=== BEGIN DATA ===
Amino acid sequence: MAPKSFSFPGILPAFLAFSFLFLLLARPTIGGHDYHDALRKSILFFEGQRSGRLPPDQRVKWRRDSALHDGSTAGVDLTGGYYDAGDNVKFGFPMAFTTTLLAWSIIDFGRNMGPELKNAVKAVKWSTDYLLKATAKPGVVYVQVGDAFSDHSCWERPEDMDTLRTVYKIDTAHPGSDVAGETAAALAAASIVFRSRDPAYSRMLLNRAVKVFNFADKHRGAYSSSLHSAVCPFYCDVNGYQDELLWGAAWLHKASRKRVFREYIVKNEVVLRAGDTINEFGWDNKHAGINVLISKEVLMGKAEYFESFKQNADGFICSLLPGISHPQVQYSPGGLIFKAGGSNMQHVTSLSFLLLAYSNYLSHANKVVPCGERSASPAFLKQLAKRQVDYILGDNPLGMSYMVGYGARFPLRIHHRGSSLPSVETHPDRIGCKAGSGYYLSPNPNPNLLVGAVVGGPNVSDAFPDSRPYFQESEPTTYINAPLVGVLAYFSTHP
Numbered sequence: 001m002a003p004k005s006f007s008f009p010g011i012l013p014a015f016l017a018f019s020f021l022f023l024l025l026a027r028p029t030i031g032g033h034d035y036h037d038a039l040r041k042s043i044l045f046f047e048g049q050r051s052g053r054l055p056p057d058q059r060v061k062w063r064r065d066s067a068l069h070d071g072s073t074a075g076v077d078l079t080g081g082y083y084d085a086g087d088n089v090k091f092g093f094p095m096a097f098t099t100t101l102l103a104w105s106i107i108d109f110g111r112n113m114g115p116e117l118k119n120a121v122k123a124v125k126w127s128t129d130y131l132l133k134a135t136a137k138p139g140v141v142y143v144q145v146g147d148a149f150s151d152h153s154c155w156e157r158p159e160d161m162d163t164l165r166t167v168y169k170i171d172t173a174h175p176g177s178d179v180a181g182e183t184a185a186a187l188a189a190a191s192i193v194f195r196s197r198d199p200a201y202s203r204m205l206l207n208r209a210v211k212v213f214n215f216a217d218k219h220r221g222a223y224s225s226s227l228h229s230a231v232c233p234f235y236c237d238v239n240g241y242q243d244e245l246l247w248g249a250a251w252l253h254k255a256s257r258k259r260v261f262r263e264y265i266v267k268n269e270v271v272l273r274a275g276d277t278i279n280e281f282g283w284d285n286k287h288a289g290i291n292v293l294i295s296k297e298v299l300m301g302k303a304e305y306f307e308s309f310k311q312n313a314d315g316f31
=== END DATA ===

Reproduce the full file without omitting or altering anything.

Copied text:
Amino acid sequence: MAPKSFSFPGILPAFLAFSFLFLLLARPTIGGHDYHDALRKSILFFEGQRSGRLPPDQRVKWRRDSALHDGSTAGVDLTGGYYDAGDNVKFGFPMAFTTTLLAWSIIDFGRNMGPELKNAVKAVKWSTDYLLKATAKPGVVYVQVGDAFSDHSCWERPEDMDTLRTVYKIDTAHPGSDVAGETAAALAAASIVFRSRDPAYSRMLLNRAVKVFNFADKHRGAYSSSLHSAVCPFYCDVNGYQDELLWGAAWLHKASRKRVFREYIVKNEVVLRAGDTINEFGWDNKHAGINVLISKEVLMGKAEYFESFKQNADGFICSLLPGISHPQVQYSPGGLIFKAGGSNMQHVTSLSFLLLAYSNYLSHANKVVPCGERSASPAFLKQLAKRQVDYILGDNPLGMSYMVGYGARFPLRIHHRGSSLPSVETHPDRIGCKAGSGYYLSPNPNPNLLVGAVVGGPNVSDAFPDSRPYFQESEPTTYINAPLVGVLAYFSTHP
Numbered sequence: 001m002a003p004k005s006f007s008f009p010g011i012l013p014a015f016l017a018f019s020f021l022f023l024l025l026a027r028p029t030i031g032g033h034d035y036h037d038a039l040r041k042s043i044l045f046f047e048g049q050r051s052g053r054l055p056p057d058q059r060v061k062w063r064r065d066s067a068l069h070d071g072s073t074a075g076v077d078l079t080g081g082y083y084d085a086g087d088n089v090k091f092g093f094p095m096a097f098t099t100t101l102l103a104w105s106i107i108d109f110g111r112n113m114g115p116e117l118k119n120a121v122k123a124v125k126w127s128t129d130y131l132l133k134a135t136a137k138p139g140v141v142y143v144q145v146g147d148a149f150s151d152h153s154c155w156e157r158p159e160d161m162d163t164l165r166t167v168y169k170i171d172t173a174h175p176g177s178d179v180a181g182e183t184a185a186a187l188a189a190a191s192i193v194f195r196s197r198d199p200a201y202s203r204m205l206l207n208r209a210v211k212v213f214n215f216a217d218k219h220r221g222a223y224s225s226s227l228h229s230a231v232c233p234f235y236c237d238v239n240g241y242q243d244e245l246l247w248g249a250a251w252l253h254k255a256s257r258k259r260v261f262r263e264y265i266v267k268n269e270v271v272l273r274a275g276d277t278i279n280e281f282g283w284d285n286k287h288a289g290i291n292v293l294i295s296k297e298v299l300m301g302k303a304e305y306f307e308s309f310k311q312n313a314d315g316f31